India is yet to adopt Air Independent Power (AIP) for its submarines. Also known as Air Independent Propulsion, this technology allows a non-nuclear submarine to operate for longer without having to surface. This makes it harder to detect and allows it to patrol in high-risk areas for longer.
But AIP is coming to Indian submarines. The current Kalvari class boats are expected to receive an Indian-made system. This should greatly increase the potency of India’s non-nuclear submarines.
Indian engineers have been working on an indigenous AIP system. Engineering firm Larsen & Toubro has built and tested a prototype system that fits inside the Kalvari’s hull. The company is also involved in India’s indigenous nuclear-powered submarine.
According to people familiar with the situation, the plan is for each of the Kalvari class submarines to be retrofitted with the indigenous AIP. This should happen six to seven years after commissioning. It would be mounted in a hull extension that is inserted between the crew area and the engine space. The locally designed system is expected to extend the endurance of the submarines by two weeks.
India will operate six of the Kalvari class, which are the newest non-nuclear submarines in the Indian fleet. They are a version of the French-designed Scorpène type submarines. In the French lineage these are a generation newer than the Agosta Class boats in service with neighboring Pakistan.
Some of Pakistan’s Agostas does not have an AIP, which for the moment may confer some advantages to them. Unlike the Indian subs, which will use fuel cells, the Pakistan Navy submarines use the MESMA (Module d’Energie Sous-Marine Autonome) system. This burns ethanol with stored oxygen to produce steam, which turns a turbine similar to a nuclear power plant.
Pakistan is buying eight Type 039B submarines from China that will come with another type of AIP called a Stirling generator, which uses a closed-cycle diesel engine. These are essentially the same as China’s own AIP submarines, 17 of which are believed to be in service. The Stirling generator is famous because of the Swedish Navy’s use, and it is also the type used by Japan.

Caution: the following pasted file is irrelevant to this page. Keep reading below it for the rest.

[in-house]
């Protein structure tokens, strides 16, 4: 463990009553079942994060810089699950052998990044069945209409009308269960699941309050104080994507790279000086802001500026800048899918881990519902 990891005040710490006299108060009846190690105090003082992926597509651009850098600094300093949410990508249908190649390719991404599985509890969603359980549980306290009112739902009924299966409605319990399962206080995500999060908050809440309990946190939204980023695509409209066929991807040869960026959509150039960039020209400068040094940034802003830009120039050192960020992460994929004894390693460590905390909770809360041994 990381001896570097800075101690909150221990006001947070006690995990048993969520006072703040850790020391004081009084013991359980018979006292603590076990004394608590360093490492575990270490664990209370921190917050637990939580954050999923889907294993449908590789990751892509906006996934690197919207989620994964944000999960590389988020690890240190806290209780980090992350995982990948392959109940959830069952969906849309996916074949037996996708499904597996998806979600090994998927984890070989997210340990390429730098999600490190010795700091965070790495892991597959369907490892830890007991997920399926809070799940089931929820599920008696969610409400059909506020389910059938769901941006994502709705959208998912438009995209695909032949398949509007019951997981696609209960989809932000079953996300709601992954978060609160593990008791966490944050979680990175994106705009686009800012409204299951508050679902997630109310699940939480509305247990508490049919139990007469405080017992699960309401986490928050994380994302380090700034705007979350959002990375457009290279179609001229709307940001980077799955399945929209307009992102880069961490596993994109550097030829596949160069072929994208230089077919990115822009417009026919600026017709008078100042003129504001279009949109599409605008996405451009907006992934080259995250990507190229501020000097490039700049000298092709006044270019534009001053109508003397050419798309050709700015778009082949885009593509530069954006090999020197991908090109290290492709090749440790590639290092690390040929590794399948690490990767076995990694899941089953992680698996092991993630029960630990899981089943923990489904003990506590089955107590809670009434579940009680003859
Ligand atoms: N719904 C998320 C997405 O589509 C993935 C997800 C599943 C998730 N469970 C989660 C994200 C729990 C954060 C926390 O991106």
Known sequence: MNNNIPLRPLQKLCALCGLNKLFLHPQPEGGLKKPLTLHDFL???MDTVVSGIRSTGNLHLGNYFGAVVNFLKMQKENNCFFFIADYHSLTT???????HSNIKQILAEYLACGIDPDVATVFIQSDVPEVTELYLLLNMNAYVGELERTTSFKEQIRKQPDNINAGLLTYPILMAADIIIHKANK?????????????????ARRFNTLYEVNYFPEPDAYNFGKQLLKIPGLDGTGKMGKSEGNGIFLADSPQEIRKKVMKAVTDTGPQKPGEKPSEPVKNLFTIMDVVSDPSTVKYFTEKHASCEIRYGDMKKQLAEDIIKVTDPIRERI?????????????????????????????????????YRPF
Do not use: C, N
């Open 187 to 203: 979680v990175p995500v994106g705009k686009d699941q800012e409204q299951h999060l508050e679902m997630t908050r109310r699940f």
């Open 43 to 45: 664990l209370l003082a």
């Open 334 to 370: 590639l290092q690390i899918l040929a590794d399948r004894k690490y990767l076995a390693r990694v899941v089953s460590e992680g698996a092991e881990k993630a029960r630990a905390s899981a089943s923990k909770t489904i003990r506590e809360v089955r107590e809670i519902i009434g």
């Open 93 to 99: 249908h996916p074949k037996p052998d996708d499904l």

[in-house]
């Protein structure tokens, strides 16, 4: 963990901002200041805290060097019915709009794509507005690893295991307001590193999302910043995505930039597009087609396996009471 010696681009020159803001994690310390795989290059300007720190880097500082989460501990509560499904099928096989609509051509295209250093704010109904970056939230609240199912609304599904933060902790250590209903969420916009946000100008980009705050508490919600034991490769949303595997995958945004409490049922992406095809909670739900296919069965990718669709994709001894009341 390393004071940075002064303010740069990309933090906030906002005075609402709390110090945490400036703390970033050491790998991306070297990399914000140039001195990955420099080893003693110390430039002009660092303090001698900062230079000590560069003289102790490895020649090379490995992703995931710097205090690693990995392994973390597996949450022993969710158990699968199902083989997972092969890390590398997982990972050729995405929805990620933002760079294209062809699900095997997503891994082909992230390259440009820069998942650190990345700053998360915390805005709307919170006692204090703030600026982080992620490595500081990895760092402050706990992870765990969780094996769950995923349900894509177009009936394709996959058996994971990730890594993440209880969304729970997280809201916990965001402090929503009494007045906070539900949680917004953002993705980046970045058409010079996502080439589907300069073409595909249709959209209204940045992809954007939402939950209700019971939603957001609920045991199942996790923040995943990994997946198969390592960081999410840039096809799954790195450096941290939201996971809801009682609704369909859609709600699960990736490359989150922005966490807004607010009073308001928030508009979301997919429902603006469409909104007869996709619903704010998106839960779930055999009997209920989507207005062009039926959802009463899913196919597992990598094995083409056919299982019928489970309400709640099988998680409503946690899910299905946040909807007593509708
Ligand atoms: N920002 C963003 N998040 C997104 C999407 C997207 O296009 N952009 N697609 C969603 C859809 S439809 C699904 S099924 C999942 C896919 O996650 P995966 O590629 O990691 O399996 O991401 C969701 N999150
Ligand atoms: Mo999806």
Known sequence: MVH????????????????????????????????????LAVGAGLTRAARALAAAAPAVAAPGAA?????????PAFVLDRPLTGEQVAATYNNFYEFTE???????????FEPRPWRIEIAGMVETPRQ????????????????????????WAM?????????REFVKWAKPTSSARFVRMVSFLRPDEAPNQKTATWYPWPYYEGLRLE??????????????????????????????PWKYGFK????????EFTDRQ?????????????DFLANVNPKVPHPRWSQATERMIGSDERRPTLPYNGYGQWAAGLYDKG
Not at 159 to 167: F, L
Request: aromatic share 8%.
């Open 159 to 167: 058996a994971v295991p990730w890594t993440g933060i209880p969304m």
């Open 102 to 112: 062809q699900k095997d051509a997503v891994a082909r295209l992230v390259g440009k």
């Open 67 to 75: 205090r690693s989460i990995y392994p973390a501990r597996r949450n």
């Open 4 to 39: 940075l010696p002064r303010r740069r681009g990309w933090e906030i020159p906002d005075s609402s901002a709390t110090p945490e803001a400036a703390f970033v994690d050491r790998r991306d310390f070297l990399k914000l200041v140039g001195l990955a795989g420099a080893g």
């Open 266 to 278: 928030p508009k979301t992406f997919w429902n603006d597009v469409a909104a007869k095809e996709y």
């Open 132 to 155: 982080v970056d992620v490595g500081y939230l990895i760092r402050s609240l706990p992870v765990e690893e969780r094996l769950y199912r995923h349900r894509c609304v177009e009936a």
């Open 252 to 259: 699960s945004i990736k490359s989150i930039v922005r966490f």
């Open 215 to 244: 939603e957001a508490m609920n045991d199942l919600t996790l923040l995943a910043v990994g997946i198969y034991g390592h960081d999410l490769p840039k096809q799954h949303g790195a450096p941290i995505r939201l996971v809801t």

Submarine warfare expert Aaron Amick, author of the Sub Brief podcast, believes that AIP will give the Indian Navy strategy advantages over the current non-nuclear submarines. He says that it will “force their closest rival, Pakistan, to be more vigilant over a wider area. Improving their Scorpene submarines with AIP will balance India with Pakistan’s new Type 093B Chinese subs that are due in 2023.”
In Amick’s view AIP is “essential in the 21st century, open water battle space. Submarines only get one chance to attack from stealth and AIP gives them the best opportunity for success.”
The Indian project will take years to put in place. For some time Pakistan’s AIP submarines will continue to out-number India’s. But the indigenous fuel cell technology will allow India to increase the usefulness of their conventional submarines. Add to this India’s nuclear-powered submarines and the Indian Navy should be able to retain a competitive edge. And India’s next-generation Project-75I boats will get AIP from the get-go.
The big unknown is whether China will establish an Indian Ocean submarine squadron. That could further complicate the picture.
But the new submarine building projects will not deliver submarines as quickly as some in the Navy would hope. This would see 6 of the Indian Kilos serving longer to bridge the gap. Two of the original Kilos are already out of service; INS Sindhurakshak was lost in an accident in Mumbai harbour in 2013 and INS Sindhuvir was transferred to Myanmar last year, becoming their first submarine. The deal, reported in local media, would see 3 Kilos supplied as well as to life-extension upgrades on 3 of India’s existing Kilo fleet.
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